Newspaper article The Canadian Press

Health-Lifestyles News Advisory as of 6 P.M. ET Thursday, Jan. 5: Health-Lifestyles News Advisory

Newspaper article The Canadian Press

Health-Lifestyles News Advisory as of 6 P.M. ET Thursday, Jan. 5: Health-Lifestyles News Advisory

Article excerpt

Thursday, Jan. 5, 2012

6 p.m.


Here are the Health-Lifestyles stories from The Canadian Press as of 6 p.m. ET. Coverage plans are included when available. Entries are subject to change as news develops. This advisory replaces The Canadian Press Life-Entertainment News Budget.

Contact Anne Tobin at 416-507-2141.


Young people put slow food on front burner


TORONTO -- The notion of trekking to a farmer's market and labouring over a stove to prepare an evening feast may tempt some people to dial their nearest takeout joint, but a dinner prepared the old-fashioned way is Stephanie Kolk's idea of a happy meal. The 23-year-old revels in the labour associated with producing quality food, particularly when she can be involved at every step of the process. Kolk -- along with a few like-minded youthful foodies -- is in the process of launching a Slow Food "convivium" geared specifically towards young people in southern Alberta. PHOTOS CPT306-308. By Michelle McQuigge.


School location linked to student health: study


VANCOUVER -- Students in low-income neighbourhoods are facing exposure to elevated levels of air and noise pollution due to the location of their schools near major roads, according to a new study. Researchers from Simon Fraser University and the University of British Columbia looked at nearly 1,500 public elementary schools in Canada's 10 largest cities.


Stem cell research: Back-of-the-eye potential?


TORONTO -- Researchers say they have discovered a new source of stem cells at the back of the eye, which they hope may one day provide a way to repair the damage from age-related macular degeneration, or AMD, the leading cause of vision loss in people over 60. By Sheryl Ubelacker. PHOTO.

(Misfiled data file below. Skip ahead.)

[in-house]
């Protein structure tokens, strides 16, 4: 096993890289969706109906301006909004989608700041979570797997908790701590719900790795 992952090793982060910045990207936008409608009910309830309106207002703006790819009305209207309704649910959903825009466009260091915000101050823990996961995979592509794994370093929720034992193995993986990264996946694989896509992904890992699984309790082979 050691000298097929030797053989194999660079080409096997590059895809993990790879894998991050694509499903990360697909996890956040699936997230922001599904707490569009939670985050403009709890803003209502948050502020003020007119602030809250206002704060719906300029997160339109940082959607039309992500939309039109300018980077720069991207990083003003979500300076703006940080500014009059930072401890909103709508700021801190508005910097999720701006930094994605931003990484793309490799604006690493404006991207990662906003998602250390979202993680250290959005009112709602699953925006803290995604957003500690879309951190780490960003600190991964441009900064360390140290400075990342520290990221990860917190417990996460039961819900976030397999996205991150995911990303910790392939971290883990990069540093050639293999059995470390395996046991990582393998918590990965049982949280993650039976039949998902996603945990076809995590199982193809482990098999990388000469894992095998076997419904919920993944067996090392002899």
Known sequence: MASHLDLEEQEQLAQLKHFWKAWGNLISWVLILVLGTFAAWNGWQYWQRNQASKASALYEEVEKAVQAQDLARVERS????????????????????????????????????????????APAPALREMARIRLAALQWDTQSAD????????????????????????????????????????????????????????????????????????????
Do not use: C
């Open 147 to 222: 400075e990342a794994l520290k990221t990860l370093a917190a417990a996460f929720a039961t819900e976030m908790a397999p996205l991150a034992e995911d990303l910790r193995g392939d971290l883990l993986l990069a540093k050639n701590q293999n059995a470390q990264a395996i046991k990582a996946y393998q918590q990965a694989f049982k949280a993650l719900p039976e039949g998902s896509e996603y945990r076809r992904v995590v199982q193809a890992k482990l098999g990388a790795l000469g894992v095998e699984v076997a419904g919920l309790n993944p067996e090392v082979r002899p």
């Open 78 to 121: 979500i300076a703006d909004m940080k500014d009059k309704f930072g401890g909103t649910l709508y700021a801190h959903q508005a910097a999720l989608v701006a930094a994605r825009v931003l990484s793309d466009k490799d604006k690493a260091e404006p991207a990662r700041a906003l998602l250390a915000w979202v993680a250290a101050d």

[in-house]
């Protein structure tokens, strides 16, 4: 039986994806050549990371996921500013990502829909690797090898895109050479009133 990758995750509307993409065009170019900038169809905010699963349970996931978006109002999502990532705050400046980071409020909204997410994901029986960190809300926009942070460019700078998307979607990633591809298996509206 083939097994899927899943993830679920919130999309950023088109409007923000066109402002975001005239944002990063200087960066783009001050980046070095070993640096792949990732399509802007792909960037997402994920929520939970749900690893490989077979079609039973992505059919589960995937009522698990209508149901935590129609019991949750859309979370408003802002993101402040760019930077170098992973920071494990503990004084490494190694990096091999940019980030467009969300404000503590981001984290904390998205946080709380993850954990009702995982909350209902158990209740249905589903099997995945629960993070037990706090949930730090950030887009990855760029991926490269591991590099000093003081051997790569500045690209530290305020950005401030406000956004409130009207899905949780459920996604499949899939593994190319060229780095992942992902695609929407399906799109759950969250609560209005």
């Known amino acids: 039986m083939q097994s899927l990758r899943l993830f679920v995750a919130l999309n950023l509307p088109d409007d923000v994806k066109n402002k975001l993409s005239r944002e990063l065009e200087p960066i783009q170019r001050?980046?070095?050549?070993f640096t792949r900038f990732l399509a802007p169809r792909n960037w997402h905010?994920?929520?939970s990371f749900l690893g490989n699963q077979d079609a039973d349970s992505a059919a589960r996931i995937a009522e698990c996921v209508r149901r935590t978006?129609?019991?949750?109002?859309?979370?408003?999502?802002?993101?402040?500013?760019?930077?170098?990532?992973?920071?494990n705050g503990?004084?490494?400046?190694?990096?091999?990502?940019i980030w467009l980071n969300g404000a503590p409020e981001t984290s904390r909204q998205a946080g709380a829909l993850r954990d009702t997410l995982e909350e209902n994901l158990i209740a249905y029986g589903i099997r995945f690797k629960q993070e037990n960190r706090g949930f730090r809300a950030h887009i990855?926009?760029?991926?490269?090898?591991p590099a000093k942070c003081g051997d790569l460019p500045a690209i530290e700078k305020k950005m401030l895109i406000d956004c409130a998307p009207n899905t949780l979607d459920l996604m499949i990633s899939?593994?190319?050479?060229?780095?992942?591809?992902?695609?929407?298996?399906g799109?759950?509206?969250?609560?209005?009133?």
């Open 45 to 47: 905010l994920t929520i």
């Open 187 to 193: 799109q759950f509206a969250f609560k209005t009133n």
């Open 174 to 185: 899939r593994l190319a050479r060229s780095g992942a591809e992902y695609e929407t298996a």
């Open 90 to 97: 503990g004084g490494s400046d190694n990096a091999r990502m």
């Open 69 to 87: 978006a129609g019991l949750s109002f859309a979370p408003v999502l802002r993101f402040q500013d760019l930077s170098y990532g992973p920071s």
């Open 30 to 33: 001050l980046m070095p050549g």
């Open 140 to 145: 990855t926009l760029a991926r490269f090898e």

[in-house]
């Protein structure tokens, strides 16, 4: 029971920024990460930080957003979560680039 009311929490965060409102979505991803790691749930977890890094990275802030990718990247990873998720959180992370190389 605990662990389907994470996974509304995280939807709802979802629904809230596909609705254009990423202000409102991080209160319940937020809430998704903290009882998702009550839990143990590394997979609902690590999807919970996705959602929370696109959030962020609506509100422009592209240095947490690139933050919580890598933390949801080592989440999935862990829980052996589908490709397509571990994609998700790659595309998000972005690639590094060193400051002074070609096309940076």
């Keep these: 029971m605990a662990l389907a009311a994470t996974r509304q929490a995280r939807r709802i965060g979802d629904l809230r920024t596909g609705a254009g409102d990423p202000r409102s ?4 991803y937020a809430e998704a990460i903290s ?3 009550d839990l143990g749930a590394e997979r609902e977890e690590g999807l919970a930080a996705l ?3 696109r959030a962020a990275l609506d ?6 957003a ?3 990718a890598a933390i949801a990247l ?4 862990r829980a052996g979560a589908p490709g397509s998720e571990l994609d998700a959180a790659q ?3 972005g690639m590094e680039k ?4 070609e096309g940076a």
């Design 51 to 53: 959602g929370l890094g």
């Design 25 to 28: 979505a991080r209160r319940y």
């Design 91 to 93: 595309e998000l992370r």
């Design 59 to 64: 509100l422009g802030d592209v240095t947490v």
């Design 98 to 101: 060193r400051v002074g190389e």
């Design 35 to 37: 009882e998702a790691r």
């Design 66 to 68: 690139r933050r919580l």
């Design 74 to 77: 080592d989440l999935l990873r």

Assisted suicide legally possible: UK experts


LONDON -- An independent panel of experts in the U.K. says there is a strong case for changing British law to help terminally ill people die. In a report Thursday, the Commission for Assisted Dying described the legal status of assisted suicide in Britain as "inadequate and incoherent." It is illegal to help a terminally ill person commit suicide, but prosecutions are rare. In 2009, the government's top prosecutor said most people who help terminally ill friends and family members die were unlikely to be charged. PHOTO. Moved International and Lifestyles


Euthanasia unpopular to control pet population


LOS ANGELES -- Seven in 10 pet owners say they believe animal shelters should be allowed to euthanize animals only when they are too sick to be treated or too aggressive to be adopted.Only a quarter of the people who took part in a recent poll said animal shelters should sometimes be allowed to put animals down as a population control measure.


Modern models use social media to build following


NEW YORK -- Social media is giving a voice to models who, for the most part, have long been known -- and built their career -- as pretty, non-speaking faces. …

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